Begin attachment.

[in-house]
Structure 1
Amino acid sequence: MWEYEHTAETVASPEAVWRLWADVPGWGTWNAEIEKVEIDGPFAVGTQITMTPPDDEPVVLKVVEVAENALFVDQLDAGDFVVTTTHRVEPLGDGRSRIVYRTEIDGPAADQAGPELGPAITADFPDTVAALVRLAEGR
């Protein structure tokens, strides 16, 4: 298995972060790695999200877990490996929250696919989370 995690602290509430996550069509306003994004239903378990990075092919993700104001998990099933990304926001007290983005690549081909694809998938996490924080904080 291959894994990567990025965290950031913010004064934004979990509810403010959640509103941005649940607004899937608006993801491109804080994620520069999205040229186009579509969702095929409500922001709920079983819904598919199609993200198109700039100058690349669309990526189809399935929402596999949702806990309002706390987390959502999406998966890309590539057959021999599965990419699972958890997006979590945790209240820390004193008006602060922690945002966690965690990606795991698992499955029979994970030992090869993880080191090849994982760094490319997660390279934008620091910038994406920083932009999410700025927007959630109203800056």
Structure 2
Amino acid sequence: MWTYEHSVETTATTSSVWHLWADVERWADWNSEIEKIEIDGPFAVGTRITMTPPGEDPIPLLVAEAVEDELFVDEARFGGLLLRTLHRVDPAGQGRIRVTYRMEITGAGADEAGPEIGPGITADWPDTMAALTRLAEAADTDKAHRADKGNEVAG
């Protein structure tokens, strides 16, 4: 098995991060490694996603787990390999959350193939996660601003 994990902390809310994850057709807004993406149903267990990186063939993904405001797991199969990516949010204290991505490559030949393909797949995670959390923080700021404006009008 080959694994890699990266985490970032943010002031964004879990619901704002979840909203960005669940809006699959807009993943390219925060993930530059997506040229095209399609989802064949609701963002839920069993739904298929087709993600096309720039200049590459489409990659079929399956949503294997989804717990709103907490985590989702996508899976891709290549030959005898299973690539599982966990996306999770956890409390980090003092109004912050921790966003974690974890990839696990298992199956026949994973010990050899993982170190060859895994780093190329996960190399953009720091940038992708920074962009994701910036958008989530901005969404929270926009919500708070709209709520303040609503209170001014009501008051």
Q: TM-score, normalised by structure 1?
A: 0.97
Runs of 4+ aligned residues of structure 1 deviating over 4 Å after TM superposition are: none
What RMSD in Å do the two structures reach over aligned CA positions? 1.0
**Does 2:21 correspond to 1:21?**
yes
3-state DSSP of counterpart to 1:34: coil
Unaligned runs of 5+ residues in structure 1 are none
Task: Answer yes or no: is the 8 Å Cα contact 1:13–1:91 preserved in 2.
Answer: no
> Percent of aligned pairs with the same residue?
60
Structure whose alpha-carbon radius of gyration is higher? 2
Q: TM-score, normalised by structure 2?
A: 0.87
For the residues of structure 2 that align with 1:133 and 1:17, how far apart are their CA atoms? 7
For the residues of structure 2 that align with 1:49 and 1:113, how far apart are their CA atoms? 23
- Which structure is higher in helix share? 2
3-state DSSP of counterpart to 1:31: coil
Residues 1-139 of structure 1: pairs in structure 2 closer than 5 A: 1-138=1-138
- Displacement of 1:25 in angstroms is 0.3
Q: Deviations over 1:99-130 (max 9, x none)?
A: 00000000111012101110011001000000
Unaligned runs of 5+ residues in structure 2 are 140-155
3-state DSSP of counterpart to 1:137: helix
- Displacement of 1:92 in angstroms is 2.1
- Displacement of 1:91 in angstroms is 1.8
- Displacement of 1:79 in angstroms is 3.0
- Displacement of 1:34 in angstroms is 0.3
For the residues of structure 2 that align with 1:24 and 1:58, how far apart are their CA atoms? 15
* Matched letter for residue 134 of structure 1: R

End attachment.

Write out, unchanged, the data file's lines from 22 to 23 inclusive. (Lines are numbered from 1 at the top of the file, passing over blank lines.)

A: 0.87
For the residues of structure 2 that align with 1:133 and 1:17, how far apart are their CA atoms? 7